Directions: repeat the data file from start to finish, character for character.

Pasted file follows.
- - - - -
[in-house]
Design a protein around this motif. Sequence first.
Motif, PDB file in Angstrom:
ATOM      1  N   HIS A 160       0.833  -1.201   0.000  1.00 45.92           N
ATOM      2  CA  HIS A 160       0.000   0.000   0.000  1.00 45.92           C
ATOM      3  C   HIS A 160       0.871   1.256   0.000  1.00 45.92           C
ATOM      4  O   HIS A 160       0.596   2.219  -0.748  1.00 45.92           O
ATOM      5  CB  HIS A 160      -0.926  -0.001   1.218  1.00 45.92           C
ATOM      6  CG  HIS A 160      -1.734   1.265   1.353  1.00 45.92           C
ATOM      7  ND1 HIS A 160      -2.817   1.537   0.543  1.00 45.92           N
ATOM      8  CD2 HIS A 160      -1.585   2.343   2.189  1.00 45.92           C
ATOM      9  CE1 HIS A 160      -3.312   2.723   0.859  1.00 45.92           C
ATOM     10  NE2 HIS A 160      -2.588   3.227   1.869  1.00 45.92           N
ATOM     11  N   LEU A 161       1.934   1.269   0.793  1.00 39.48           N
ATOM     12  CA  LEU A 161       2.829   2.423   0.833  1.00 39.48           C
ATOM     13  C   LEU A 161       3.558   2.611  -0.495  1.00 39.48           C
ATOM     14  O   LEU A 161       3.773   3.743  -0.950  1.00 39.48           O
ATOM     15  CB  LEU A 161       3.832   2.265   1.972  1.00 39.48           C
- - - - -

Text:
[in-house]
Design a protein around this motif. Sequence first.
Motif, PDB file in Angstrom:
ATOM      1  N   HIS A 160       0.833  -1.201   0.000  1.00 45.92           N
ATOM      2  CA  HIS A 160       0.000   0.000   0.000  1.00 45.92           C
ATOM      3  C   HIS A 160       0.871   1.256   0.000  1.00 45.92           C
ATOM      4  O   HIS A 160       0.596   2.219  -0.748  1.00 45.92           O
ATOM      5  CB  HIS A 160      -0.926  -0.001   1.218  1.00 45.92           C
ATOM      6  CG  HIS A 160      -1.734   1.265   1.353  1.00 45.92           C
ATOM      7  ND1 HIS A 160      -2.817   1.537   0.543  1.00 45.92           N
ATOM      8  CD2 HIS A 160      -1.585   2.343   2.189  1.00 45.92           C
ATOM      9  CE1 HIS A 160      -3.312   2.723   0.859  1.00 45.92           C
ATOM     10  NE2 HIS A 160      -2.588   3.227   1.869  1.00 45.92           N
ATOM     11  N   LEU A 161       1.934   1.269   0.793  1.00 39.48           N
ATOM     12  CA  LEU A 161       2.829   2.423   0.833  1.00 39.48           C
ATOM     13  C   LEU A 161       3.558   2.611  -0.495  1.00 39.48           C
ATOM     14  O   LEU A 161       3.773   3.743  -0.950  1.00 39.48           O
ATOM     15  CB  LEU A 161       3.832   2.265   1.972  1.00 39.48           C